The Atlanta Falcons rolled into Houston for a must-win match-up. and left with their season virtually in tatters. It was a display of complete ineptitude top-to-bottom, and a game you can earmark when changes are eventually made in the Falcons franchise.
If I listed all of the head-scratching moments from this one it would rival War and Peace, so in the interest of sanity and brevity I keyed in on the ones that loomed largest. Here’s Hat Tips & Head-Scratchers from the abomination against the Texans.
The first defensive sequence
This is the only positive mention the defense will receive in this piece, because it was a veritable tire fire for the entire game. The opening sequence certainly didn’t portend that the Falcons defense was primed to surrender 53 points to the Texans, but we’ll save that for later.
Grady Jarrett rudely greeted Houston running back Carlos Hyde for a loss and forced fumble, and although Atlanta did not recover the football, it left Houston with a 3rd-and-24 in its own territory and a subsequent three-and-out.
It was a great start from the defense, but it’s also where all the fun stopped for the remainder of the game.
The offense starts quick
The Falcons have often found themselves in early holes in games, and getting off to a quick start was one of the focal points heading into this one. Although the first offensive possession resulted in a three-and-out, the Falcons would get on the scoreboard first in their second drive.
Matt Ryan connected with Julio Jones on a 35-yard pass, and would find Mohamed Sanu in the end zone two plays later for six.
Playing from behind has been a problem all season long, so it was good to see the offense get ahead early on the road.
Calvin Ridley’s touchdown grab
Calvin Ridley has been inexplicably missing in action for the majority of the year, and his fourth quarter touchdown reception makes his absence on the offense even more frustrating. Ridley displayed exactly why he’s such a nightmare for defenses, showing his ability to get open and body control to secure the pass for the touchdown.
An incredible catch from the second-year wide receiver.
Matt Wile’s shanks
The Falcons placed punter Matt Bosher on injured reserve last week, so they brought back Matt Wile to handle punts and kickoff duties. He proceeded to boot one out of bounds in the second quarter, giving Houston excellent field position that they would turn into the first of Will Fuller’s three touchdowns.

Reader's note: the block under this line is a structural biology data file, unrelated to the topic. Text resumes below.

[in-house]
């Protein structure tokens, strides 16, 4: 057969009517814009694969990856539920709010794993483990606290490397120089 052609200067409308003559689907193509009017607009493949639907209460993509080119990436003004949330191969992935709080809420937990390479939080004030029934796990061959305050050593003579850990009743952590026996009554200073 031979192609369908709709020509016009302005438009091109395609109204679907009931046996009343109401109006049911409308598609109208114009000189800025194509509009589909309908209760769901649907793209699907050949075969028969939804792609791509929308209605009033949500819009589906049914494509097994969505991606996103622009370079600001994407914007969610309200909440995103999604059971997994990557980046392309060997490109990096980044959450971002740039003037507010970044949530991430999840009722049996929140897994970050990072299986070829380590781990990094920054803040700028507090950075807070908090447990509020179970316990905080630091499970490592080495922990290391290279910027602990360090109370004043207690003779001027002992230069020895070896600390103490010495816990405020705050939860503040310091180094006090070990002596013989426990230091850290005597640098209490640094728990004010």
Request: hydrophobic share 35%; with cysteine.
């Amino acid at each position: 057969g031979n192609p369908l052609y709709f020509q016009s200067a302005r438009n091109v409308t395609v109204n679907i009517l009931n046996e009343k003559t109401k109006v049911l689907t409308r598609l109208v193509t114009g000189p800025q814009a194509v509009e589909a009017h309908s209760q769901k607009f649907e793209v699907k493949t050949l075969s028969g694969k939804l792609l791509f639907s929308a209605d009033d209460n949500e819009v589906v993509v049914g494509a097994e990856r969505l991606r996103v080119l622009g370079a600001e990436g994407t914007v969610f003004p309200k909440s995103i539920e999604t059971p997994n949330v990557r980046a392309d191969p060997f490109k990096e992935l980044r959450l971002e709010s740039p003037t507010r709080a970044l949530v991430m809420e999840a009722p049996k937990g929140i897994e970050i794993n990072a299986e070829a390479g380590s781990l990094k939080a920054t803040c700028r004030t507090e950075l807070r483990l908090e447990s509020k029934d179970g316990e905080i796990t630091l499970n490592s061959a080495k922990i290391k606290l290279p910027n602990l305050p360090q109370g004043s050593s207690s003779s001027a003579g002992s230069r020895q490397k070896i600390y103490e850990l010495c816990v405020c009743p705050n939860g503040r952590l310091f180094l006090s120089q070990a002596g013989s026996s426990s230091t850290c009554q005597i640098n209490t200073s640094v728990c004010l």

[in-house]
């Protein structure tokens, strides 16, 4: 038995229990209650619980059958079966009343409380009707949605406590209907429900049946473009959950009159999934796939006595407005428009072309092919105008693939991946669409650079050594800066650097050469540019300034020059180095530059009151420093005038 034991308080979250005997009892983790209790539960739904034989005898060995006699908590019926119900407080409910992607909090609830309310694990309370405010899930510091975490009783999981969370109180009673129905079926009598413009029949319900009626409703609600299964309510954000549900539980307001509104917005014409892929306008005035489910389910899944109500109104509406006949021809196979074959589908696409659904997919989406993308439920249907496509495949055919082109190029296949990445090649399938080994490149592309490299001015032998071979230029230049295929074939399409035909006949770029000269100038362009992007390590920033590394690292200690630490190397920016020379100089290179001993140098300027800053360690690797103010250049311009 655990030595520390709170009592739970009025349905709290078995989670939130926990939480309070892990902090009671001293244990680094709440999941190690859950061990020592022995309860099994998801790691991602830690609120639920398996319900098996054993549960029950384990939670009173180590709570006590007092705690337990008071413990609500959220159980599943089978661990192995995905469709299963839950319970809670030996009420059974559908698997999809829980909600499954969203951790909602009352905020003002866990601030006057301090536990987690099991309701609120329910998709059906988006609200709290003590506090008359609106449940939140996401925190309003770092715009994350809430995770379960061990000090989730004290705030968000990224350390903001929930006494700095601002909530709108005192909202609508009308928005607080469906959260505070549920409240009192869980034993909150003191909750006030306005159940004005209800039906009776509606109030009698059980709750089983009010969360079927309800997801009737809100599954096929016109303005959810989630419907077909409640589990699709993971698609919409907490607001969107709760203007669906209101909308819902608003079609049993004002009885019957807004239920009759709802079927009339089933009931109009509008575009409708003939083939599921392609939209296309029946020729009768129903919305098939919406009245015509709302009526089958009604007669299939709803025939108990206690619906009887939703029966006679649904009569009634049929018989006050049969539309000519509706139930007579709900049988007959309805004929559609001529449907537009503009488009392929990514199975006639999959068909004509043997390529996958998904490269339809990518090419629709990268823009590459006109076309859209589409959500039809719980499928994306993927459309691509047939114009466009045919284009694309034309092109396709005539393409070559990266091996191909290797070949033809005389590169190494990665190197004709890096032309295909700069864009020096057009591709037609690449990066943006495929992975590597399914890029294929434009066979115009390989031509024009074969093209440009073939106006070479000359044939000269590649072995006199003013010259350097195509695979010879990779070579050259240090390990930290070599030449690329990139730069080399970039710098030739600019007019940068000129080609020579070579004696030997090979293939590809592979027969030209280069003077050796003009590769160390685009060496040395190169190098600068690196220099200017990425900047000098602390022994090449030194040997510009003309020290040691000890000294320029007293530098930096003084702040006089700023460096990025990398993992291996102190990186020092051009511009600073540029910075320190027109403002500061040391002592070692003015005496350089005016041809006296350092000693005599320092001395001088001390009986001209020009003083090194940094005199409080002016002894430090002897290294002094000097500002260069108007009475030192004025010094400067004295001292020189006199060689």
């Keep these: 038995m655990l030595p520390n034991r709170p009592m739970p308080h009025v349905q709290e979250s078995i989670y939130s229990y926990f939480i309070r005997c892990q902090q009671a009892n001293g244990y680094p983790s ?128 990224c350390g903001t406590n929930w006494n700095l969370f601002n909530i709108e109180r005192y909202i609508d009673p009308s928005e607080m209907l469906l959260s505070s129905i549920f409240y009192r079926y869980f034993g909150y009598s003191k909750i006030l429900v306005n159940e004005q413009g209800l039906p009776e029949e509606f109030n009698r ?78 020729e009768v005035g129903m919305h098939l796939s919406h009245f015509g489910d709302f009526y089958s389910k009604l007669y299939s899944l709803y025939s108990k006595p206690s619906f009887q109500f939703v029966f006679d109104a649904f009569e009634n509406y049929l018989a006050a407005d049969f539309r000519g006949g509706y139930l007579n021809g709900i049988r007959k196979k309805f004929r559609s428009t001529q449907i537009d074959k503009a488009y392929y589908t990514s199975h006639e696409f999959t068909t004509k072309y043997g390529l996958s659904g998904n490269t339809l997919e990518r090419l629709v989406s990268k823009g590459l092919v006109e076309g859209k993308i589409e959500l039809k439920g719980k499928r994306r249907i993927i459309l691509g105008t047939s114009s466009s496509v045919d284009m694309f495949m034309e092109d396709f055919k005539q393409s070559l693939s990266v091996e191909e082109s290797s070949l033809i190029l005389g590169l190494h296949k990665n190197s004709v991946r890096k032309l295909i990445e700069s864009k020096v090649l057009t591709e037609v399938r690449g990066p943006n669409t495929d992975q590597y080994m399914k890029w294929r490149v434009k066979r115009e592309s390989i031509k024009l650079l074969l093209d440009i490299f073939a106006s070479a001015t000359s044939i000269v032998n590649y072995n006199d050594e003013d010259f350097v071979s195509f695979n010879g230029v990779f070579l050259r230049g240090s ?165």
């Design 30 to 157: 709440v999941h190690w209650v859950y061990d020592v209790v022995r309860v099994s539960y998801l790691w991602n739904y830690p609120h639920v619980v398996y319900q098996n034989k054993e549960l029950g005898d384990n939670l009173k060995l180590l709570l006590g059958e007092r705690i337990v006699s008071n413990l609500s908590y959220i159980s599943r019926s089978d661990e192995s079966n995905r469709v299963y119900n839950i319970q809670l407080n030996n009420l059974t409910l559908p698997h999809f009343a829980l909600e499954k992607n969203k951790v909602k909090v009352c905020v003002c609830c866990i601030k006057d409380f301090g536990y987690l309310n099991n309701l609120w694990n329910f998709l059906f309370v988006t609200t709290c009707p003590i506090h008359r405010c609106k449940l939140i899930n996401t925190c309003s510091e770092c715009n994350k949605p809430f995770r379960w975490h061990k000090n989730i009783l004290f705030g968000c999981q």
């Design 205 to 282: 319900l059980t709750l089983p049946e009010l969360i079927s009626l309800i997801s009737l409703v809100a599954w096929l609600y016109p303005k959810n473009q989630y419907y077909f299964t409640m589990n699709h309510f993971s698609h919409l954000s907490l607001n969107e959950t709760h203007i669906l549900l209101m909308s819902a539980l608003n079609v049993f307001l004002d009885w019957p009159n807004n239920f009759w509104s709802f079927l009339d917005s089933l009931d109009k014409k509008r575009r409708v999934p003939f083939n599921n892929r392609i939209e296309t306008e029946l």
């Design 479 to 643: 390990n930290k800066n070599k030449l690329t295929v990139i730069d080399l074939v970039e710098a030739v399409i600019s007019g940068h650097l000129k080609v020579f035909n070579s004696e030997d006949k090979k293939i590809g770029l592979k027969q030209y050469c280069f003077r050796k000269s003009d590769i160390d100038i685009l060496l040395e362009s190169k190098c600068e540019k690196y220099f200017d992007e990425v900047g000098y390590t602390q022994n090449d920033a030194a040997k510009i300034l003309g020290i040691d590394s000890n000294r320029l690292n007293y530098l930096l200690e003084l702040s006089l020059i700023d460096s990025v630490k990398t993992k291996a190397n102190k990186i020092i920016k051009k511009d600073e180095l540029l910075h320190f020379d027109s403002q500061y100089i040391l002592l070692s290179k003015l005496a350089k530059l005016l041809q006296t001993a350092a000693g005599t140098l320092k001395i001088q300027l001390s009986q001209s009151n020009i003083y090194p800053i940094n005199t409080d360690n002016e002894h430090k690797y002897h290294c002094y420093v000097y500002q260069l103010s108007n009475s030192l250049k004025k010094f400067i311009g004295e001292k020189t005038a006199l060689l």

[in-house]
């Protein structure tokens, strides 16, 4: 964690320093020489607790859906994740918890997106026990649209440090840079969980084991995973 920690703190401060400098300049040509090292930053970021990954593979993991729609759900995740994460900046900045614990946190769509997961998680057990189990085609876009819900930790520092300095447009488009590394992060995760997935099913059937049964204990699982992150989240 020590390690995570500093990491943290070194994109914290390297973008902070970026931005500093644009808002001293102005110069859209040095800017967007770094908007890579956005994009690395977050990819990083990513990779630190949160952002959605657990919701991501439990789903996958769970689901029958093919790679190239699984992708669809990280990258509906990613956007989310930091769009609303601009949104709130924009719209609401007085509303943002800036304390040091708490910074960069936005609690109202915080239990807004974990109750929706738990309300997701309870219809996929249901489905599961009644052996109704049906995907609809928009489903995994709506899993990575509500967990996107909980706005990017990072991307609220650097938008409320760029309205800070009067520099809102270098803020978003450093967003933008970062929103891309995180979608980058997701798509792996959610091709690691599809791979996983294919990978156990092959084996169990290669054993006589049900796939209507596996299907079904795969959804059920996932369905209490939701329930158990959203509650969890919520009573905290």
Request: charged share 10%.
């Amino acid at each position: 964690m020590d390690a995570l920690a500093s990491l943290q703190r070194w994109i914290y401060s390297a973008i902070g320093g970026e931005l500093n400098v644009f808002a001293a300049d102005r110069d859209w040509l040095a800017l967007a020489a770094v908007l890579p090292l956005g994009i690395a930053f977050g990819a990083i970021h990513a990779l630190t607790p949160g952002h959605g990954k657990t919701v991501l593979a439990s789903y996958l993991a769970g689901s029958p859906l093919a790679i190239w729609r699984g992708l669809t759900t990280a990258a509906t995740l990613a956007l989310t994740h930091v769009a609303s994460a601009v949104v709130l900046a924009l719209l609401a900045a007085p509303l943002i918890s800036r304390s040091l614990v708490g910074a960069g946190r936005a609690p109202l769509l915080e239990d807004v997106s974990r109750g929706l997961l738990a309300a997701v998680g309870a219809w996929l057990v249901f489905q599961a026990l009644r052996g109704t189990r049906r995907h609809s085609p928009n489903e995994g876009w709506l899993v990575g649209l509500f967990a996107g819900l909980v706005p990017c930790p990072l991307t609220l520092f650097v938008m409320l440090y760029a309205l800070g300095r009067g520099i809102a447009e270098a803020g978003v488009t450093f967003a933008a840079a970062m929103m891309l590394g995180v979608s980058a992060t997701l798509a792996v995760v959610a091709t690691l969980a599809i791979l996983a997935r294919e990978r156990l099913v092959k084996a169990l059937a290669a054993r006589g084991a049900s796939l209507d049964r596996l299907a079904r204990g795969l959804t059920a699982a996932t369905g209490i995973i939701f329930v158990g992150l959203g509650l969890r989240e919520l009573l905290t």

He would shank another one later that should have resulted in Houston starting on its own 7-yard-line, but due to a curious decision by the referees was ruled out of bounds.
The Falcons have enough issues already where they shouldn’t have to worry about the ability of their kicker to properly put the ball in play, but it seems they can’t even rely on that, either.
The Will Fuller Show
Texans wide receiver Will Fuller entered this contest with 183 yards receiving and zero touchdowns on the season. The Falcons would allow him to eclipse his season-long receiving total by 34 — his final line reading an embarrassing 14 receptions for 217 yards and a touchdown.
The defensive meltdown is a complete indictment of Dan Quinn’s soft zone scheme. Miscommunication in the secondary and an abundance of attention focused on DeAndre Hopkins meant that Will Fuller was consistently wide open, and he capitalized on it and picked apart Atlanta’s defense.
Should Dan Quinn be relieved of his duties, mark Will Fuller’s performance as one of the reasons for dismissal.
Deshaun Watson may have been the death knell for the Atlanta Falcons’ season. He took complete advantage of the looks the Falcons gave him, throwing for 426 yards and five touchdowns. He finished the game with a perfect QBR of 158.3, making the Falcons look thoroughly foolish the entire time.
Watson is one of the NFL’s brightest young stars — a dynamic quarterback who can make plays with his arm or his legs. But allowing him to post that kind of game against your defense is absolutely unacceptable.